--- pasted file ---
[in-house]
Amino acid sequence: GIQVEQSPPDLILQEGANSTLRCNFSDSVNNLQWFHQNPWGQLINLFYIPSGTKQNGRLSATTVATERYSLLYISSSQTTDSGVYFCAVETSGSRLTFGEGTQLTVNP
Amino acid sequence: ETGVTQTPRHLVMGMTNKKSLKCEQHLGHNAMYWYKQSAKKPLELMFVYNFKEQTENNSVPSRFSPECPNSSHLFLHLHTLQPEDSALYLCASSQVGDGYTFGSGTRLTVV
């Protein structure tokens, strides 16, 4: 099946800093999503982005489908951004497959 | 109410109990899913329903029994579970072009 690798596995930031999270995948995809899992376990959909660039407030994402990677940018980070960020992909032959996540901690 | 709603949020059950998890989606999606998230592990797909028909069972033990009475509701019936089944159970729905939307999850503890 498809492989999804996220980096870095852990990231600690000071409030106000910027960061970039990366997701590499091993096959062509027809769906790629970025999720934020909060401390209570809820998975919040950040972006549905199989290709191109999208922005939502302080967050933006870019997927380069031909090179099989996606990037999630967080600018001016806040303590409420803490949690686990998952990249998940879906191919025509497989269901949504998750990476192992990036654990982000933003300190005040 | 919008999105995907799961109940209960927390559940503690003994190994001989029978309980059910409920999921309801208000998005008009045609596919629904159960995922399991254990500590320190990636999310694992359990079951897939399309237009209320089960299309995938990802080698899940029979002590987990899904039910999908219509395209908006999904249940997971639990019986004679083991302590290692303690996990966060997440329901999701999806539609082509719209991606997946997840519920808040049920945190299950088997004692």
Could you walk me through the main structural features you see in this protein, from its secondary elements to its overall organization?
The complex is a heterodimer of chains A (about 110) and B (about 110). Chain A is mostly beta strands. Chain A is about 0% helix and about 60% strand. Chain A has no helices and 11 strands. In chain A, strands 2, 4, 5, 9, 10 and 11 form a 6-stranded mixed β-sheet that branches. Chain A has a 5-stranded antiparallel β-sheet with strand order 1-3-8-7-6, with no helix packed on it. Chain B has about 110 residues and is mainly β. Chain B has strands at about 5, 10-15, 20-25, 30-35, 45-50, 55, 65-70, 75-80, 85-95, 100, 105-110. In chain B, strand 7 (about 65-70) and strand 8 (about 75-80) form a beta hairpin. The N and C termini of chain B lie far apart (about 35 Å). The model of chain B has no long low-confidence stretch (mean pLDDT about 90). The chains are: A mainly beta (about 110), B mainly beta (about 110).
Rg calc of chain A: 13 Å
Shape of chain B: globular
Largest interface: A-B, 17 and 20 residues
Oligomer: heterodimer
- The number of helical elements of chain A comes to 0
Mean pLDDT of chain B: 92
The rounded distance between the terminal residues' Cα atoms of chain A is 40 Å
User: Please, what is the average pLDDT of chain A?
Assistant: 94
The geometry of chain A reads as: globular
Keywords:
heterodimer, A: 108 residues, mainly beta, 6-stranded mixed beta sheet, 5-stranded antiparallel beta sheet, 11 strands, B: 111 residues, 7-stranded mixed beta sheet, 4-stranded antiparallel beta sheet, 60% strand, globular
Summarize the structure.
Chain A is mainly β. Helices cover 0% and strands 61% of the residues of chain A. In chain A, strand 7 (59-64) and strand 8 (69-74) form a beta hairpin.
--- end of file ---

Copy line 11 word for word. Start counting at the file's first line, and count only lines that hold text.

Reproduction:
- The number of helical elements of chain A comes to 0